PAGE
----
A return to the Mideast table

The announcement that Israel and the Palestinians have agreed to resume long-stalled peace talks is an important step forward, but celebrations will be muted. All concerned are well aware of the many pitfalls that lie ahead and the possibility — indeed the likelihood — that a genuine agreement will continue to prove elusive.

Still, the decision to resume substantive negotiations in two weeks, with a goal toward reaching a deal within nine months is to be applauded.

Now, it is incumbent on all with a stake in a settlement — and that includes just about every nation — to push the sides toward compromise and provide the assistance that makes an enduring deal possible.

The history of these negotiations is long and tangled. The most recent attempt to reach a deal occurred in 2010, when U.S. President Barack Obama had hoped to capitalize on his popularity in the Arab world and the revitalization of the U.S. image internationally to bring the two sides together.

Displaying both optimism — which is absolutely critical to any diplomatic success — and naivete, Mr. Obama invited leaders from both sides to Washington and said that a final peace agreement was possible within a year.

Those talks broke down over the issue of Israeli settlements on land seized in the 1967 war that Palestinians believe is an integral part of any eventual Palestinian state. The drawing of the eventual borders of this state is one of the thorniest and intractable of the issues the two sides must settle.

Others include the fate of Jerusalem, a city that both Israelis and Palestinians claim as their capital, the rights of Palestinians evicted from their land during the conflicts between Israel and its neighbors.

Since taking over as secretary of state, Mr. John Kerry has worked assiduously to restart the moribund talks. After six trips to the region since March, he convinced both sides to return to the table.

That move was made possible by the decision last weekend of the Israeli Cabinet to release 104 Palestinian political prisoners, some of whom had been in jail for over two decades.

Palestinian President Mahmoud Abbas had demanded their freedom as a precondition to talks. Israeli Prime Minister Benjamin Netanyahu pushed his Cabinet to agree to a four-stage release, which would occur over the duration of the negotiations, arguing that “monumental changes” in the Arab world and “a complex global reality” were ample reasons to take a gamble on talks.

Two days of meetings in Washington followed earlier this week, at which negotiators from the two sides agreed on “sustained, continuous and substantive negotiations on the core issues” that divide them.

The next round of talks will take place in either Israel or the Palestinian territories at an as yet-unspecified date before mid-August. The goal of which, said Mr. Kerry, “will be to achieve a final status agreement over the course of the next nine months.”

Why the optimism when all previous efforts have run aground amidst the seemingly intractable divisions between Israelis and Palestinians?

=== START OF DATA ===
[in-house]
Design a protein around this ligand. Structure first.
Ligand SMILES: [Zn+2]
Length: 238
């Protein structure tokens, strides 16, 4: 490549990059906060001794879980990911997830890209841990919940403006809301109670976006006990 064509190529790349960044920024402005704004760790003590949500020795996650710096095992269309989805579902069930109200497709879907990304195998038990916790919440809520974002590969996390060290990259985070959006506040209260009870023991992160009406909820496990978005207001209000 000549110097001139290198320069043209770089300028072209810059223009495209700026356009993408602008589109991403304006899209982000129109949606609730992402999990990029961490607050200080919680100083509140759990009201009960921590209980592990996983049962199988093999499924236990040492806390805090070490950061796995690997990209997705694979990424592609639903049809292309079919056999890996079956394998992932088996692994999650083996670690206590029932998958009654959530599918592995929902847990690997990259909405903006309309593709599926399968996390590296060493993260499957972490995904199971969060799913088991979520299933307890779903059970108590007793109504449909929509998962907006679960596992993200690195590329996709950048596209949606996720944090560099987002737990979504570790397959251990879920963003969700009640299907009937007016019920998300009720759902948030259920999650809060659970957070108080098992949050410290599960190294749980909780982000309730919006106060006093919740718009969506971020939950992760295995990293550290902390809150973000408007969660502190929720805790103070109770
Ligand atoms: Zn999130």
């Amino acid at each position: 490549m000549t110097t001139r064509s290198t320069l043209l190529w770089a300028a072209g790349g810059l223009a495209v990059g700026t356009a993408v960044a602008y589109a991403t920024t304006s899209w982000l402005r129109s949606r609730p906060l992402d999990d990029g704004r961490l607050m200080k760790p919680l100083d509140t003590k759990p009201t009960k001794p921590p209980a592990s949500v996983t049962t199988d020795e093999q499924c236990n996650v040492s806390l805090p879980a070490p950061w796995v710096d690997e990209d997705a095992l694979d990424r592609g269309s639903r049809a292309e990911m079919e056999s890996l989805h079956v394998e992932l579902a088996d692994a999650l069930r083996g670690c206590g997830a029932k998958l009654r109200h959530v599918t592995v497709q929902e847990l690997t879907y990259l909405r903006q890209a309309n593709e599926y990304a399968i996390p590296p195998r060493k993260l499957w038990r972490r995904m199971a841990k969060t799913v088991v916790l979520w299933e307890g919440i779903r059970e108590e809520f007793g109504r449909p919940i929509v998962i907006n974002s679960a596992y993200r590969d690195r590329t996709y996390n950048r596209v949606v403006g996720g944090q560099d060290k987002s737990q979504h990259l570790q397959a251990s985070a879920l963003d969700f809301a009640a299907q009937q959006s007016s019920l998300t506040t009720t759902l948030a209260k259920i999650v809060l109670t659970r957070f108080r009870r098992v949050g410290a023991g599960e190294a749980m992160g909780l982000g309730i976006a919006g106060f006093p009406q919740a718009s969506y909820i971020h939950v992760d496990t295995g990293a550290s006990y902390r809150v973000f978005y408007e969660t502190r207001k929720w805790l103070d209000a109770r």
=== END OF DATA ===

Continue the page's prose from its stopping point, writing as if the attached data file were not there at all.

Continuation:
First, there is upheaval in the Arab world. Protests and violence are commonplace throughout the region. Civil war in Syria has distracted Damascus and kept it from being a spoiler as talks appeared possible.

The turmoil in Egypt has kept that government and like-minded sympathizers from supporting Hamas, which opposes any deal signed by Mr. Abbas; there are reports that the Egyptian military is now closing tunnels that were used to smuggle weapons into the Gaza Strip.

Moreover, the discord in regional capitals lowers the costs of U.S. efforts to restart the peace talks. There is, quite frankly, less the U.S. can do elsewhere in the region.

Second, there has been a “reset” in U.S. relations with Israel in the aftermath of Mr. Obama’s re-election. Relations between Mr. Obama and Mr. Netanyahu were tough and tense during the U.S. president’s first term, but Mr. Obama’s trip to Israel earlier this year changed perceptions that he was unfriendly toward America’s long-standing partner.

This gives the secretary of state, a much practiced politician and deal maker like Mr. Netanyahu, more standing to mediate. At the same time, Mr. Kerry has been reaching out to Arabs too, winning Arab League endorsement of land swaps as well as a statement backing resumption of peace talks.

Ultimately, however, the same formidable obstacles of long standing remain:

What will be the borders of the two states?

Will Israel give up the settlements it has built on occupied territory and what will it give to a Palestinian state if it does not?

Where will the displaced Palestinians go?

Will they enjoy a right of return?

What will be the status of Jerusalem, a holy city claimed by three major religions and Israelis and Palestinians alike as the heart of their nation?

And what rights and powers will the new Palestinian state have? Will it be demilitarized as Israel insists?

In the past, negotiators have tried to pluck low-hanging fruit, the easily reached agreements, to build confidence and create momentum for the eventual big deal. This time, however, “all of the issues that are at the core of a permanent accord will be negotiated simultaneously.”

It is an ambitious formula, but as Israel’s chief negotiator Justice Minister Tzipi Livni explained: “History is not made by cynics. It is made by realists who are not afraid to dream.”

It is now up to those realists, and friends of Israel and the Palestinians, who must do all that is possible to make enduring peace the only real choice for the politicians in both nations.